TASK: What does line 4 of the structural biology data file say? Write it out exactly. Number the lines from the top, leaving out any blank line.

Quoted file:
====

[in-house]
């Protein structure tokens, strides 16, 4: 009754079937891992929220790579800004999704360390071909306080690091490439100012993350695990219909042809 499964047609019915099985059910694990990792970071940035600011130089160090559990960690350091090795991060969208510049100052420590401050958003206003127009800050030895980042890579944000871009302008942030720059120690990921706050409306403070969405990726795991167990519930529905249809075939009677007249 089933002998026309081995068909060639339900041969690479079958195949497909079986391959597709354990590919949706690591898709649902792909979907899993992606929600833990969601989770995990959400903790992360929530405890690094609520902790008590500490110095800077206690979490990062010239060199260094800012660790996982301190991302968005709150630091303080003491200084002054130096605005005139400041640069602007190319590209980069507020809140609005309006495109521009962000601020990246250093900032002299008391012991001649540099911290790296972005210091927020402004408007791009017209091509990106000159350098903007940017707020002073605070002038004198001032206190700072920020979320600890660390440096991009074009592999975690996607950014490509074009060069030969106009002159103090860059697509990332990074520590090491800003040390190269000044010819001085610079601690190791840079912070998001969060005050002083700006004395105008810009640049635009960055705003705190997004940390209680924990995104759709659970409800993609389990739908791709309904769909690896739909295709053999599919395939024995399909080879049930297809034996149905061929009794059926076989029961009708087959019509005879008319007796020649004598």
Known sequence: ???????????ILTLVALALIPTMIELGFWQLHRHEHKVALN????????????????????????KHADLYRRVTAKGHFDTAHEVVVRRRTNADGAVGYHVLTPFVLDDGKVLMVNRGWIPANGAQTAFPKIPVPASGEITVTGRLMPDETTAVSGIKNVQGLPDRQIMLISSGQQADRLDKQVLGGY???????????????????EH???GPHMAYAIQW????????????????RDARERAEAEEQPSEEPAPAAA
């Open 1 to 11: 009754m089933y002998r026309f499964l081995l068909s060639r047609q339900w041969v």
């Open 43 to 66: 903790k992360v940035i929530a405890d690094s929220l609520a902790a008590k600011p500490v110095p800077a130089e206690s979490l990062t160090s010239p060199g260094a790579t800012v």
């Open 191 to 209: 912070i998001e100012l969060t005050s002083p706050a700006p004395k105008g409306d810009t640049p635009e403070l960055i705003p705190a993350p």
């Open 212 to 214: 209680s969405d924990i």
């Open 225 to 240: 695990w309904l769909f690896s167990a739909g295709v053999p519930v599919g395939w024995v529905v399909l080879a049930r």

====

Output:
């Open 1 to 11: 009754m089933y002998r026309f499964l081995l068909s060639r047609q339900w041969v």